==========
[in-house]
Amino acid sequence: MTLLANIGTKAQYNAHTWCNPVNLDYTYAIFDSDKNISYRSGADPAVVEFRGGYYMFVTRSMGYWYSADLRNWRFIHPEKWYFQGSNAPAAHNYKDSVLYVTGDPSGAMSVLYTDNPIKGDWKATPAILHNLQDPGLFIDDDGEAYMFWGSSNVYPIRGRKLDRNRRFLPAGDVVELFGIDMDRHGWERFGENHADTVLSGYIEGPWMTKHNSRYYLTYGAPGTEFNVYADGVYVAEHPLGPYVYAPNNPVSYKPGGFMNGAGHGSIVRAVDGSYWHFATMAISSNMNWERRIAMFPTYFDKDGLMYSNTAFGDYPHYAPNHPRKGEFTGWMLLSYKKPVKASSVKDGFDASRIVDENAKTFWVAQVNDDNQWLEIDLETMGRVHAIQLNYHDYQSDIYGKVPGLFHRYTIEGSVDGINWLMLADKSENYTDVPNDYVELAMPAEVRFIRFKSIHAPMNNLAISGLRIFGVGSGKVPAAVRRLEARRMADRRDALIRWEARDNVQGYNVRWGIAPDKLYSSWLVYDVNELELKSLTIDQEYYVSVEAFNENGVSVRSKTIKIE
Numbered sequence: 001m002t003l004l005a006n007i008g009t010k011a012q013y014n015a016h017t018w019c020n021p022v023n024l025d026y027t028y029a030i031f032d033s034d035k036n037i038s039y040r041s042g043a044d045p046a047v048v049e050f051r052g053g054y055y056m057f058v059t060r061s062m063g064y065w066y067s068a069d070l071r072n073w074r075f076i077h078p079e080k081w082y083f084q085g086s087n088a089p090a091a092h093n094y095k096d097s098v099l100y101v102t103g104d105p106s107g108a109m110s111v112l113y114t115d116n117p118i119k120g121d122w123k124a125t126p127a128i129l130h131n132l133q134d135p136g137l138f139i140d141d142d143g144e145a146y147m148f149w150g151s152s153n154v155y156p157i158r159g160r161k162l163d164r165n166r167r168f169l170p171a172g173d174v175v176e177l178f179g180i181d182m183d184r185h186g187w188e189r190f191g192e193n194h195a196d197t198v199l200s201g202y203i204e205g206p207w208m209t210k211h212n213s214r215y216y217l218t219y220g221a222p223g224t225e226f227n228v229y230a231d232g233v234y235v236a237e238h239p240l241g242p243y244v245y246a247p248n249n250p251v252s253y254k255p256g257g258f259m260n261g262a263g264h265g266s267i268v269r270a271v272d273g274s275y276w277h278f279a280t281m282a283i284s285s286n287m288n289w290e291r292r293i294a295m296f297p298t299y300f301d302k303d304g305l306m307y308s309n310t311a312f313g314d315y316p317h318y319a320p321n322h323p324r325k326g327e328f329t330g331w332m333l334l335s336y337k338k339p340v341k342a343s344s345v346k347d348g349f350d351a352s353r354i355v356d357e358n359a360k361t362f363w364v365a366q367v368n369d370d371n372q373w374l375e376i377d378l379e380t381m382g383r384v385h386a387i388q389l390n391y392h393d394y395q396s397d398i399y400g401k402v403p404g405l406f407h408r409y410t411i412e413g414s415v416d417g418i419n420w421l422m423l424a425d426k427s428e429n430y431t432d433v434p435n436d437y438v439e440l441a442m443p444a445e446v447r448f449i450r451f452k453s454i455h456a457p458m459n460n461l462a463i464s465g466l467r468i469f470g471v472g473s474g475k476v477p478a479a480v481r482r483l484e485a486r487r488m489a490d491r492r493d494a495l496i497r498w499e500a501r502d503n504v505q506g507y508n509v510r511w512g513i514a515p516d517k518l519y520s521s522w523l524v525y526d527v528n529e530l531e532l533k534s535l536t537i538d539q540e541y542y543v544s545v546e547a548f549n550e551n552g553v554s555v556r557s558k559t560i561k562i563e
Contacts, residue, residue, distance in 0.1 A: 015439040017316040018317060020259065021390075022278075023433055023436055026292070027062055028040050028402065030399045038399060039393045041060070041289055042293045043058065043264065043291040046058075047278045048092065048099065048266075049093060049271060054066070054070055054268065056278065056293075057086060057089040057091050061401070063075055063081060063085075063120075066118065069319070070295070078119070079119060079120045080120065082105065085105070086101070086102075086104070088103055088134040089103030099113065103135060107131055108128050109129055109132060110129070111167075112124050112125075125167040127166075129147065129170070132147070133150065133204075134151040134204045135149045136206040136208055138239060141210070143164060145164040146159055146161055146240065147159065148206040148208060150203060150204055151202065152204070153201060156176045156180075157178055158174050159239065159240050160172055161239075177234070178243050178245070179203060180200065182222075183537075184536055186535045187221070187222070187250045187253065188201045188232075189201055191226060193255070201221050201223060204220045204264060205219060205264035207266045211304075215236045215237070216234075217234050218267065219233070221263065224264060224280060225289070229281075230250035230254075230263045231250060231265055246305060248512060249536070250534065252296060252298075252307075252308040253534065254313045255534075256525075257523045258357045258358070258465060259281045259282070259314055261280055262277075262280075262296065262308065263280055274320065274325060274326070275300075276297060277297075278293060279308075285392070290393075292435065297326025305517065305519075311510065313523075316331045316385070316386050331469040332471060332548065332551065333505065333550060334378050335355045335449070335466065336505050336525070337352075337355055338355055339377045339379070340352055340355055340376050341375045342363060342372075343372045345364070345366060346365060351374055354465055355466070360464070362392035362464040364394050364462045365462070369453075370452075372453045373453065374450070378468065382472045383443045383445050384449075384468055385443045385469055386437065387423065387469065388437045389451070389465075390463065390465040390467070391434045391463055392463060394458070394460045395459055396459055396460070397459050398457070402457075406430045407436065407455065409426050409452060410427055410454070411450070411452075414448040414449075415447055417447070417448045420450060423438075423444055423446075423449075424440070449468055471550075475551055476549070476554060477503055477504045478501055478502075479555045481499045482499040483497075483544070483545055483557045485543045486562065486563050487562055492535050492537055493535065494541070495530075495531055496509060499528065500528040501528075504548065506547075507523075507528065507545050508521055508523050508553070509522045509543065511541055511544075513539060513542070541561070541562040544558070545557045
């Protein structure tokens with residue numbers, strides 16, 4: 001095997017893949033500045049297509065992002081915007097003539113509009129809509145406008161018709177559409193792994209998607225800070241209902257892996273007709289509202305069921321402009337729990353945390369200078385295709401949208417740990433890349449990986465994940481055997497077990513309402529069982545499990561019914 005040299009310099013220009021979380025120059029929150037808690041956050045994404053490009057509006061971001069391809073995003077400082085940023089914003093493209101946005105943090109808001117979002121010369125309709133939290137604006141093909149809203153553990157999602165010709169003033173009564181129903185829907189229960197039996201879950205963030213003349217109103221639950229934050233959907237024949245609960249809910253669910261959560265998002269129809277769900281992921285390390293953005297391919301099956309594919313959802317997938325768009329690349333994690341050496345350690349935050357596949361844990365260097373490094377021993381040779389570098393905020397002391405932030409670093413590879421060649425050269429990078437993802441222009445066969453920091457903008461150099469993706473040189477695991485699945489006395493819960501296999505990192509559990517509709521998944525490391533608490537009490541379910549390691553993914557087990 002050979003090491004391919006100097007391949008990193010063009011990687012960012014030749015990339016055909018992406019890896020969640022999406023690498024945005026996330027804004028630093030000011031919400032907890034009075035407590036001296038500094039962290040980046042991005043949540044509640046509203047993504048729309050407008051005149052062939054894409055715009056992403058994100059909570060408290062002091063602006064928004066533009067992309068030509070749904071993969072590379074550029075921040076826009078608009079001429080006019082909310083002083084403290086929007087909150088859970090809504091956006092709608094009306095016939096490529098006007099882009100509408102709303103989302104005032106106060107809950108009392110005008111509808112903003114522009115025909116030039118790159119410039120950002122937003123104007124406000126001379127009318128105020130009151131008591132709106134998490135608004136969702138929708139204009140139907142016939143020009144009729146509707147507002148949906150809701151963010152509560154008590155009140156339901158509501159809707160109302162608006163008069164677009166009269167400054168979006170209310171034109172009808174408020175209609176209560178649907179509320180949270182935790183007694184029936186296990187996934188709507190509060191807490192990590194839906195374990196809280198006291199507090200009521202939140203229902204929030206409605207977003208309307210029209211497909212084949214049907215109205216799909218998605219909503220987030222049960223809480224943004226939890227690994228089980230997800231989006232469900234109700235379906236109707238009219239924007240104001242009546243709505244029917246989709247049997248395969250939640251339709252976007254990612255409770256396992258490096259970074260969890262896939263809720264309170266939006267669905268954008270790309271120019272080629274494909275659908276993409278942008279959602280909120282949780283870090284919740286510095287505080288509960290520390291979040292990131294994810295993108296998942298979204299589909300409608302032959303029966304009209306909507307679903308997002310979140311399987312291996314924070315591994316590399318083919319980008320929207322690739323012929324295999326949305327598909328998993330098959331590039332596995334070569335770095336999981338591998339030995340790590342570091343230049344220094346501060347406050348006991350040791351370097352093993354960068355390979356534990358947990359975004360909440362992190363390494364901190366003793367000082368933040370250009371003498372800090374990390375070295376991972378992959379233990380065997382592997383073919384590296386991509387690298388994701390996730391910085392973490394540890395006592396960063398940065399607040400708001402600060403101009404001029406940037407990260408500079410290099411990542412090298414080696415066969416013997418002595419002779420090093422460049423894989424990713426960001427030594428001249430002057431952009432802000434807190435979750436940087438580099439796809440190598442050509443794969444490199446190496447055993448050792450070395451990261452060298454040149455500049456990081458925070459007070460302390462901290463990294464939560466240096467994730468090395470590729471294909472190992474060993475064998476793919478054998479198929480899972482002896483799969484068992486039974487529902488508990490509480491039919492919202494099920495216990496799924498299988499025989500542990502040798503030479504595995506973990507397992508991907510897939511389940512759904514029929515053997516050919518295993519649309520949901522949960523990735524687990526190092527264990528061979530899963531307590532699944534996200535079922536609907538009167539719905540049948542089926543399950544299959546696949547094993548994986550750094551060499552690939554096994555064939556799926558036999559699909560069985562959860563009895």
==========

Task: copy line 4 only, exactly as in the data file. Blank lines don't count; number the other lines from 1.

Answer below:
Contacts, residue, residue, distance in 0.1 A: 015439040017316040018317060020259065021390075022278075023433055023436055026292070027062055028040050028402065030399045038399060039393045041060070041289055042293045043058065043264065043291040046058075047278045048092065048099065048266075049093060049271060054066070054070055054268065056278065056293075057086060057089040057091050061401070063075055063081060063085075063120075066118065069319070070295070078119070079119060079120045080120065082105065085105070086101070086102075086104070088103055088134040089103030099113065103135060107131055108128050109129055109132060110129070111167075112124050112125075125167040127166075129147065129170070132147070133150065133204075134151040134204045135149045136206040136208055138239060141210070143164060145164040146159055146161055146240065147159065148206040148208060150203060150204055151202065152204070153201060156176045156180075157178055158174050159239065159240050160172055161239075177234070178243050178245070179203060180200065182222075183537075184536055186535045187221070187222070187250045187253065188201045188232075189201055191226060193255070201221050201223060204220045204264060205219060205264035207266045211304075215236045215237070216234075217234050218267065219233070221263065224264060224280060225289070229281075230250035230254075230263045231250060231265055246305060248512060249536070250534065252296060252298075252307075252308040253534065254313045255534075256525075257523045258357045258358070258465060259281045259282070259314055261280055262277075262280075262296065262308065263280055274320065274325060274326070275300075276297060277297075278293060279308075285392070290393075292435065297326025305517065305519075311510065313523075316331045316385070316386050331469040332471060332548065332551065333505065333550060334378050335355045335449070335466065336505050336525070337352075337355055338355055339377045339379070340352055340355055340376050341375045342363060342372075343372045345364070345366060346365060351374055354465055355466070360464070362392035362464040364394050364462045365462070369453075370452075372453045373453065374450070378468065382472045383443045383445050384449075384468055385443045385469055386437065387423065387469065388437045389451070389465075390463065390465040390467070391434045391463055392463060394458070394460045395459055396459055396460070397459050398457070402457075406430045407436065407455065409426050409452060410427055410454070411450070411452075414448040414449075415447055417447070417448045420450060423438075423444055423446075423449075424440070449468055471550075475551055476549070476554060477503055477504045478501055478502075479555045481499045482499040483497075483544070483545055483557045485543045486562065486563050487562055492535050492537055493535065494541070495530075495531055496509060499528065500528040501528075504548065506547075507523075507528065507545050508521055508523050508553070509522045509543065511541055511544075513539060513542070541561070541562040544558070545557045